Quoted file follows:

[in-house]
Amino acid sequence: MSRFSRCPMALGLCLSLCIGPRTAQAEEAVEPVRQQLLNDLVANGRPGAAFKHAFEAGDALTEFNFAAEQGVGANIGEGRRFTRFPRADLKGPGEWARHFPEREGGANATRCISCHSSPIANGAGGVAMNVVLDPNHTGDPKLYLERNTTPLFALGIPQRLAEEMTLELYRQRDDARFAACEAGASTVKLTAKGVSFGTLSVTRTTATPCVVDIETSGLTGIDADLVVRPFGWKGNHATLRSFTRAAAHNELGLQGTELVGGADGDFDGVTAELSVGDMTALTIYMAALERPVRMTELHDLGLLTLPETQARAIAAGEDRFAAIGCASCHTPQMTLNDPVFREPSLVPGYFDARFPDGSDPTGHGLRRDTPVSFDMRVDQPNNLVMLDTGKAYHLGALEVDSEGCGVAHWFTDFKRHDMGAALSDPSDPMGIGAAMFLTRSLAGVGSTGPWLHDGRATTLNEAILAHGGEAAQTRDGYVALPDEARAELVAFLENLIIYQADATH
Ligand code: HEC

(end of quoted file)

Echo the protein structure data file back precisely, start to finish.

[in-house]
Amino acid sequence: MSRFSRCPMALGLCLSLCIGPRTAQAEEAVEPVRQQLLNDLVANGRPGAAFKHAFEAGDALTEFNFAAEQGVGANIGEGRRFTRFPRADLKGPGEWARHFPEREGGANATRCISCHSSPIANGAGGVAMNVVLDPNHTGDPKLYLERNTTPLFALGIPQRLAEEMTLELYRQRDDARFAACEAGASTVKLTAKGVSFGTLSVTRTTATPCVVDIETSGLTGIDADLVVRPFGWKGNHATLRSFTRAAAHNELGLQGTELVGGADGDFDGVTAELSVGDMTALTIYMAALERPVRMTELHDLGLLTLPETQARAIAAGEDRFAAIGCASCHTPQMTLNDPVFREPSLVPGYFDARFPDGSDPTGHGLRRDTPVSFDMRVDQPNNLVMLDTGKAYHLGALEVDSEGCGVAHWFTDFKRHDMGAALSDPSDPMGIGAAMFLTRSLAGVGSTGPWLHDGRATTLNEAILAHGGEAAQTRDGYVALPDEARAELVAFLENLIIYQADATH
Ligand code: HEC